It was important to Francis Bacon, looking back to the period I knew him, and his entire career as one of the great, great painters of the twentieth century, that the work he wanted to go out to the public, the public to see, to go into museums, to go into people’s homes, to be catalogued, is the work that he oversaw that went out the door, that he scrutinised after it was framed and glassed, and he gave the thumbs-up.
If not, as when I knew, it was destroyed. He was highly critical of his work. He was his own worst critic. He would constantly rework a painting if it wasn’t up to his standard, and if something he’d reworked and wasn’t satisfied with and finally he didn’t want it, and he couldn’t put it outside in the garbage because people were going through his garbage looking for any Baconian scraps to use to sell. So the whole painting had to be destroyed, basically.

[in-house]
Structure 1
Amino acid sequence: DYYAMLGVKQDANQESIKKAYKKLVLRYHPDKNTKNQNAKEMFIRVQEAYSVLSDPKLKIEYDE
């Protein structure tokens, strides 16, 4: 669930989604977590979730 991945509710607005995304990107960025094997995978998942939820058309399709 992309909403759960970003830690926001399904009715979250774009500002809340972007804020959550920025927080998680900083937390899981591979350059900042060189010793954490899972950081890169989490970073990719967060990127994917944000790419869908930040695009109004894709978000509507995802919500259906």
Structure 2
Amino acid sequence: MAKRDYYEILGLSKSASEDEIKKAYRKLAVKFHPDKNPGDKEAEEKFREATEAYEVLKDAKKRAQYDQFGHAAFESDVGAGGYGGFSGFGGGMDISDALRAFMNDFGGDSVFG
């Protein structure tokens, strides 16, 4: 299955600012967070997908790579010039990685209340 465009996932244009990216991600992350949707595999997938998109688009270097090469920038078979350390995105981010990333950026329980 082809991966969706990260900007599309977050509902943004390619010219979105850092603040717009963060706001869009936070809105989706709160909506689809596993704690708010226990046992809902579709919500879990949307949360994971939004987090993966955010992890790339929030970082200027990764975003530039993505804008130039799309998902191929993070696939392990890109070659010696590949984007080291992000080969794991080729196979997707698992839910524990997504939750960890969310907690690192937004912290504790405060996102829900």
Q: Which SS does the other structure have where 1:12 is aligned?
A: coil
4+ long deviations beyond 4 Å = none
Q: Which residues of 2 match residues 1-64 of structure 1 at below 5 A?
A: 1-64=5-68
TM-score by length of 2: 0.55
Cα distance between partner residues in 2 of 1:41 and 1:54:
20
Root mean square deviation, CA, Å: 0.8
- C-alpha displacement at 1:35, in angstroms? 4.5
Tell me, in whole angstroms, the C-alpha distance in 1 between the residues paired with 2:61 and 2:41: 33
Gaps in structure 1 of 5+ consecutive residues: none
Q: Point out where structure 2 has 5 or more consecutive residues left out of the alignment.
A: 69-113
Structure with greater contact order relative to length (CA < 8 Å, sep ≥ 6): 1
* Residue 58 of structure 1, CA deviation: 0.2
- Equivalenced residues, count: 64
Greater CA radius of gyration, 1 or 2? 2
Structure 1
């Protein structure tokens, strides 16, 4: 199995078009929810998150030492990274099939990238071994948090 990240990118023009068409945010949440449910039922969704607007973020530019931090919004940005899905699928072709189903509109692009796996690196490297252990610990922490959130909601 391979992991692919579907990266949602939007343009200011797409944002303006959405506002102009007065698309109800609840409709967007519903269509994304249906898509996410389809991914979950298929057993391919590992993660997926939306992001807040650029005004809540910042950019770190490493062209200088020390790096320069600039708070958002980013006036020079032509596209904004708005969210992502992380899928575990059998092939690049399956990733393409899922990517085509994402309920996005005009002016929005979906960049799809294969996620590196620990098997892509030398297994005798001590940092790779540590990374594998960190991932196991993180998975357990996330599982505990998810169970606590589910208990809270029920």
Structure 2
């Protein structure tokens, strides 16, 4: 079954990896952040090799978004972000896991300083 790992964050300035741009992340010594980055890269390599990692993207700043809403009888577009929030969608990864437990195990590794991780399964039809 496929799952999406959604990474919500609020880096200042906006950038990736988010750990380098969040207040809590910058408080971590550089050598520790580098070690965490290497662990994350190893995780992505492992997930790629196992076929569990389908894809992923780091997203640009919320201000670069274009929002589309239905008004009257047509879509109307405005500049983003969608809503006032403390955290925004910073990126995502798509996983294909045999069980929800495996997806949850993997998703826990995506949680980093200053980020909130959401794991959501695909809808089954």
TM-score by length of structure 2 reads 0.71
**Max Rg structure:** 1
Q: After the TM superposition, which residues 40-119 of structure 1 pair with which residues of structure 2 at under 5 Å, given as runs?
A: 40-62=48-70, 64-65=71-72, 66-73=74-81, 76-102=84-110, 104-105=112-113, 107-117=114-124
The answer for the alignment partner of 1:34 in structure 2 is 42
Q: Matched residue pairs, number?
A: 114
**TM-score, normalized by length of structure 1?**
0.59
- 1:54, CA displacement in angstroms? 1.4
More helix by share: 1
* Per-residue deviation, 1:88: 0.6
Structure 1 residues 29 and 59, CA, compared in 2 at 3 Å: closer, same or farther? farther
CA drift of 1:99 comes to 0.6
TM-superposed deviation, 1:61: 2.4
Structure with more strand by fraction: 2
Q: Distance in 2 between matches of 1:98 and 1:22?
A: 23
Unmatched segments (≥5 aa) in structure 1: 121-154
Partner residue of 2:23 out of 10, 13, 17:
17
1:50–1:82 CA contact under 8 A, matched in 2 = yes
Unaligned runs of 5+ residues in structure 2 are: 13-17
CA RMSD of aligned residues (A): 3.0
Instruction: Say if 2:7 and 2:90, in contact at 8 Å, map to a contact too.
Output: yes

To destroy a painting takes a considerable amount of work. It has a wooden structure which you have to break or saw, and you have to rip the canvas off; it’s actually quite tiring. One night he called me down to the French Pub, down Soho. So I went down to Soho, and he was drinking, and he was well into enjoying himself, and he said he’d finished two, and I was to go back and destroy the one on the left.
So I went back, and I arrived about midnight, took the painting on the left down to the basement, sawed it up, ripped the canvas off and put it in my car for the morning; I was going to take it over to be burnt.
At four o’clock in the morning I got a telephone call, and it was a very, very irate Francis Bacon; and I got a volley of abuse from the rough edge of his tongue which would frighten the devil itself, I think.
I’d destroyed the wrong one – you fool! I said, you said the left and Francis yelled back at me: he said, any fool knows it’s on the left as you stand with your back to the painting!
We didn’t speak for about, I think three weeks after that, he was so angry.